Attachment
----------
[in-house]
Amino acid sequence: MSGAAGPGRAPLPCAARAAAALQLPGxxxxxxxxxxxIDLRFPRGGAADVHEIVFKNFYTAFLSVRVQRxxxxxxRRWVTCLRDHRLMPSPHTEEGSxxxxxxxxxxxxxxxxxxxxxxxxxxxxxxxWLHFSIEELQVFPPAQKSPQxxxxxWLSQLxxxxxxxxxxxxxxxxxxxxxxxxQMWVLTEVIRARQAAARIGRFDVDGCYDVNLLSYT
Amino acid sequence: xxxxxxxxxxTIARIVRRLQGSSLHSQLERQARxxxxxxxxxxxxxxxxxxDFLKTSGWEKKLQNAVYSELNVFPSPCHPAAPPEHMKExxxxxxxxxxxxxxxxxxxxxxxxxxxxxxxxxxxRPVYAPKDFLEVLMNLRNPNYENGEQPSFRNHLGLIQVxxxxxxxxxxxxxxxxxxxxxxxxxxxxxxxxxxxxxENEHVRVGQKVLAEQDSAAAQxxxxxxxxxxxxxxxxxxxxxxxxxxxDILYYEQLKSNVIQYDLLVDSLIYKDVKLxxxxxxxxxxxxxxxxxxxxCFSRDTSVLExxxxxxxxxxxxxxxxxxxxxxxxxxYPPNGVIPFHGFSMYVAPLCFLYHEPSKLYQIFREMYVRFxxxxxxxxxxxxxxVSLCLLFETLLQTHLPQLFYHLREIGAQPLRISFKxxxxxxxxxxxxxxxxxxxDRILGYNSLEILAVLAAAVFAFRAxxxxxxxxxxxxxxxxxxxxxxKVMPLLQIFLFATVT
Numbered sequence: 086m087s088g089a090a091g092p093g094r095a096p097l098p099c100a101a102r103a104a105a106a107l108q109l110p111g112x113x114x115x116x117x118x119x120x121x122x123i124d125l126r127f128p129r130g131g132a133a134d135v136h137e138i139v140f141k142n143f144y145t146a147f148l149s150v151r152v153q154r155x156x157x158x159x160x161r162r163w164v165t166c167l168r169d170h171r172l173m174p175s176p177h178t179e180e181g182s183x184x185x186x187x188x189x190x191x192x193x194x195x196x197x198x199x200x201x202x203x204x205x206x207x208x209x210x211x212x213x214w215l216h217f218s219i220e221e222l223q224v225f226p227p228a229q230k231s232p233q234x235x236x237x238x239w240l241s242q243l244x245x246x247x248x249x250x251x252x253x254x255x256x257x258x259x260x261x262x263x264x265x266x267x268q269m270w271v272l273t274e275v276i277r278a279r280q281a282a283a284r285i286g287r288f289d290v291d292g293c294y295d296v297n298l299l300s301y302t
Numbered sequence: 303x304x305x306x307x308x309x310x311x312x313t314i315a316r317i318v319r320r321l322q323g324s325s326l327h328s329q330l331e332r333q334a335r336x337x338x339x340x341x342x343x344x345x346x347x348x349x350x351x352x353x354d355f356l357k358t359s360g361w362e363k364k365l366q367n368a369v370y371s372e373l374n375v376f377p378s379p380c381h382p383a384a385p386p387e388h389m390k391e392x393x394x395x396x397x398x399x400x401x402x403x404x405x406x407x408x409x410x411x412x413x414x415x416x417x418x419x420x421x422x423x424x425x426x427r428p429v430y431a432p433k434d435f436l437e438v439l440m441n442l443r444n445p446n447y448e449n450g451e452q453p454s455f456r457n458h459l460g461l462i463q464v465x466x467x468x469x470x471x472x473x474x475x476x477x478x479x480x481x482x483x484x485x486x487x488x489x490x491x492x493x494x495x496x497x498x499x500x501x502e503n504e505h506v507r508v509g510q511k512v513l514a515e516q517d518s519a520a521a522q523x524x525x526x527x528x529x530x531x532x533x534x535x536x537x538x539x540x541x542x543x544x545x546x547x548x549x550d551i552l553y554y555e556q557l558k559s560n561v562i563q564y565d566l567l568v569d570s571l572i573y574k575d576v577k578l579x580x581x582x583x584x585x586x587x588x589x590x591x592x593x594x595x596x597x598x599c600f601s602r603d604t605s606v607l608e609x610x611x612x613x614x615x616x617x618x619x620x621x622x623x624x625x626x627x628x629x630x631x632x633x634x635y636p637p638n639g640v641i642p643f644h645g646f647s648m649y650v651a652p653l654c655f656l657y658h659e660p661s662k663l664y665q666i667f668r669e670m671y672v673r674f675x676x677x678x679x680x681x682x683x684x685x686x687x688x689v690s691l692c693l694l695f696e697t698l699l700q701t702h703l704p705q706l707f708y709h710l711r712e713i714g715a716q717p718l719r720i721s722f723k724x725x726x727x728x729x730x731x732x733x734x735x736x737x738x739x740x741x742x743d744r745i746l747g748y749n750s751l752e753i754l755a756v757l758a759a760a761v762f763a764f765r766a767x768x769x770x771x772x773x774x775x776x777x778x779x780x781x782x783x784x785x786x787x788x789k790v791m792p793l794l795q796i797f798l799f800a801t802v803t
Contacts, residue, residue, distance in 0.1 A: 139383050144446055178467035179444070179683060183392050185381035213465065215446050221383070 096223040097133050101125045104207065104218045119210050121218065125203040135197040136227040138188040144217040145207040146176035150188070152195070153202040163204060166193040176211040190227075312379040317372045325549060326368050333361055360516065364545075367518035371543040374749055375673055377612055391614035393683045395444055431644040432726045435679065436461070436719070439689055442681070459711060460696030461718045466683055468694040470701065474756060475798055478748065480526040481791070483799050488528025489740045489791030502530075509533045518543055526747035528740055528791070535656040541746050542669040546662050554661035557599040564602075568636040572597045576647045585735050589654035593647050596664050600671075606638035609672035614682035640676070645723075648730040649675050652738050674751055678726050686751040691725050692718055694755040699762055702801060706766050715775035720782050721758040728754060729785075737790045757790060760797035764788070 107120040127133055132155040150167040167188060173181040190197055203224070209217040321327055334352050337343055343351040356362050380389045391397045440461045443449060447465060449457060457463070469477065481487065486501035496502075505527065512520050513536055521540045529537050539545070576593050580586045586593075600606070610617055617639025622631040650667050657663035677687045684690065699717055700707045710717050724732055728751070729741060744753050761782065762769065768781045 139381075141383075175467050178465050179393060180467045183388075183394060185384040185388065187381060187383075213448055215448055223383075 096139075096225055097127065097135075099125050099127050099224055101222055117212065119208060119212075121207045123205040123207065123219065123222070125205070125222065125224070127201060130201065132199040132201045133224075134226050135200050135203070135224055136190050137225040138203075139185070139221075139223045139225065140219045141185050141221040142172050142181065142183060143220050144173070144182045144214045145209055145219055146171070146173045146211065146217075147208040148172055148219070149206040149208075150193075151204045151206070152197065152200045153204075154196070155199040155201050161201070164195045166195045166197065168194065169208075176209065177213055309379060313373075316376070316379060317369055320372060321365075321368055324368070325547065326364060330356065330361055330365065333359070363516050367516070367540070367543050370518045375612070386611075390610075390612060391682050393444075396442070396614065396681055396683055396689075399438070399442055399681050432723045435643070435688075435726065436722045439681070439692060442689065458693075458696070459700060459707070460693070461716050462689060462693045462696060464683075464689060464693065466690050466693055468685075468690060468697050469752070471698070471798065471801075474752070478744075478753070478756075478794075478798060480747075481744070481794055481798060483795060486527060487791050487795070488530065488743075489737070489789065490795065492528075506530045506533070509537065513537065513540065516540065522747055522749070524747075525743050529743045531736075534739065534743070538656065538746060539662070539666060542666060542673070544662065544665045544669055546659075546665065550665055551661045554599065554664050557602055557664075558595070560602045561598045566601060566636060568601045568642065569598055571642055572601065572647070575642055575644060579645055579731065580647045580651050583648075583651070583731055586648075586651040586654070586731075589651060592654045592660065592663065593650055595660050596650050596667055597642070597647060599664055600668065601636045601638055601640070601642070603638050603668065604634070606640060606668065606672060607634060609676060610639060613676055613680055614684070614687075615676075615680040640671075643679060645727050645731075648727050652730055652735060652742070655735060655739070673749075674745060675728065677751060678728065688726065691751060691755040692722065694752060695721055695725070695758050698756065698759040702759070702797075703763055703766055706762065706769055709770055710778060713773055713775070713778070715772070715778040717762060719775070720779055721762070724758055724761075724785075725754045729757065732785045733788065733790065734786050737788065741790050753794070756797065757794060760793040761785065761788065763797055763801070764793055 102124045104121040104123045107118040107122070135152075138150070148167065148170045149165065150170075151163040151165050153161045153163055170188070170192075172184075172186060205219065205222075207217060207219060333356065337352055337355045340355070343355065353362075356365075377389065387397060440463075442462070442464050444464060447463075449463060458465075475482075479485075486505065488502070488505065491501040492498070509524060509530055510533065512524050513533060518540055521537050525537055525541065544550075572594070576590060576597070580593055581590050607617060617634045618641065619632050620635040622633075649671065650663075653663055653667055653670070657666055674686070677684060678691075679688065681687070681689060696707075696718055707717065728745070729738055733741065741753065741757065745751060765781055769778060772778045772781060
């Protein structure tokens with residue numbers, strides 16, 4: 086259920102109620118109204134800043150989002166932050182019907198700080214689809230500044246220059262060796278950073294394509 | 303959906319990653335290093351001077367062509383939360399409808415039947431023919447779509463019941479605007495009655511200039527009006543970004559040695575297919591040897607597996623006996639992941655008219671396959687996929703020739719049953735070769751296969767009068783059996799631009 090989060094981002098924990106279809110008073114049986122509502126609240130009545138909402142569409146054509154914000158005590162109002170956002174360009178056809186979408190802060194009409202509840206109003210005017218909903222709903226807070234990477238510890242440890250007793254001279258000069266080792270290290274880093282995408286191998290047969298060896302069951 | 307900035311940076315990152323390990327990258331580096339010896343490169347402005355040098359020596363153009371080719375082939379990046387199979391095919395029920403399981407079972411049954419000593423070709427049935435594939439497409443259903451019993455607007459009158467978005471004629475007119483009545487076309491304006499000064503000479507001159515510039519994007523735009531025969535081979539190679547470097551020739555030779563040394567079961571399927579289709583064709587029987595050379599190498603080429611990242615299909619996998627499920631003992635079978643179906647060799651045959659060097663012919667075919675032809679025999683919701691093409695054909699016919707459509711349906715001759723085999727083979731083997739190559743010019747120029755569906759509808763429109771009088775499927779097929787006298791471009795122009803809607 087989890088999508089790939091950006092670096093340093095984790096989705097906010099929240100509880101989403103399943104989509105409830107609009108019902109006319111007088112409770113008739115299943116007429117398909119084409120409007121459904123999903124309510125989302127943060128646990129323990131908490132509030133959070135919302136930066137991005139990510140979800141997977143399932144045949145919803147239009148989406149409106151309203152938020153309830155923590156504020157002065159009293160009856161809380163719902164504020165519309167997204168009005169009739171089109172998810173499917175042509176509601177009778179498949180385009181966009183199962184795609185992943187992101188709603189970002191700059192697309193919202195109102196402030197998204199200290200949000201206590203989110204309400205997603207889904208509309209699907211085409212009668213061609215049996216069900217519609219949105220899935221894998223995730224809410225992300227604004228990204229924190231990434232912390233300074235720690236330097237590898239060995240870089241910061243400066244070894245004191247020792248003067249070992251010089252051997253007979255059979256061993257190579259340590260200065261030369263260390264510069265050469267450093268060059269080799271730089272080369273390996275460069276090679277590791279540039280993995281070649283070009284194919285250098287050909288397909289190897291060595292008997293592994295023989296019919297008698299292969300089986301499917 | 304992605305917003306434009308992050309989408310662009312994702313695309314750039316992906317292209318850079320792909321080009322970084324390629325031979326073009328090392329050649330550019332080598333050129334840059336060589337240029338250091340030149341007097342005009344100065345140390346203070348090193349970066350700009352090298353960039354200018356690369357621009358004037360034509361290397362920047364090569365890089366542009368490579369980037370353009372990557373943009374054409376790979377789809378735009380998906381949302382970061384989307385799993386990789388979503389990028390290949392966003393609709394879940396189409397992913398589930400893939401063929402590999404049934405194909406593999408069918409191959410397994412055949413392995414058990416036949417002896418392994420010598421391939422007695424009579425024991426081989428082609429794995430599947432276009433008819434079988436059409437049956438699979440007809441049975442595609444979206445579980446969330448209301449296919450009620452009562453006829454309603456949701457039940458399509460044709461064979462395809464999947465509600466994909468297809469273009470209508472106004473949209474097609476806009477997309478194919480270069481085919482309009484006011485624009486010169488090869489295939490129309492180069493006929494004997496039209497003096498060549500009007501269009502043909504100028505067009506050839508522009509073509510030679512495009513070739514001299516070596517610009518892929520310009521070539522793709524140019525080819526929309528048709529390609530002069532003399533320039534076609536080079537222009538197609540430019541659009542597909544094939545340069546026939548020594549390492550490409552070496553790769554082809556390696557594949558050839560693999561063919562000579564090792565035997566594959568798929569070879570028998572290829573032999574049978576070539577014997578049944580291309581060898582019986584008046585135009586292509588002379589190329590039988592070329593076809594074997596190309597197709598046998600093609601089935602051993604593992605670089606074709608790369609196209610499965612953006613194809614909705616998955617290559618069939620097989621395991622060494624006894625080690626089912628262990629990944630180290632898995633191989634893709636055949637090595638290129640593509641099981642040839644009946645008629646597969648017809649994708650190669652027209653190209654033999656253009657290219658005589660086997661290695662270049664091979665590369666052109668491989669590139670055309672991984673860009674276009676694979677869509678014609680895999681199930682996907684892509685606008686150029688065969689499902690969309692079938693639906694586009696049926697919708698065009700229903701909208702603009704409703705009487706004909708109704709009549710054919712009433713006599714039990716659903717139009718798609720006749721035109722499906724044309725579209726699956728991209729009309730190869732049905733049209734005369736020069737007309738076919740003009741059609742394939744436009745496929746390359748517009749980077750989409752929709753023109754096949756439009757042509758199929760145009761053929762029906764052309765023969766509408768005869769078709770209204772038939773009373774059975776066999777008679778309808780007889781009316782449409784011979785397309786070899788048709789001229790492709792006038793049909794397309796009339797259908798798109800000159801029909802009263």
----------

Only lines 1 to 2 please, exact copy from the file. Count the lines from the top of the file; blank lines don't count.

[in-house]
Amino acid sequence: MSGAAGPGRAPLPCAARAAAALQLPGxxxxxxxxxxxIDLRFPRGGAADVHEIVFKNFYTAFLSVRVQRxxxxxxRRWVTCLRDHRLMPSPHTEEGSxxxxxxxxxxxxxxxxxxxxxxxxxxxxxxxWLHFSIEELQVFPPAQKSPQxxxxxWLSQLxxxxxxxxxxxxxxxxxxxxxxxxQMWVLTEVIRARQAAARIGRFDVDGCYDVNLLSYT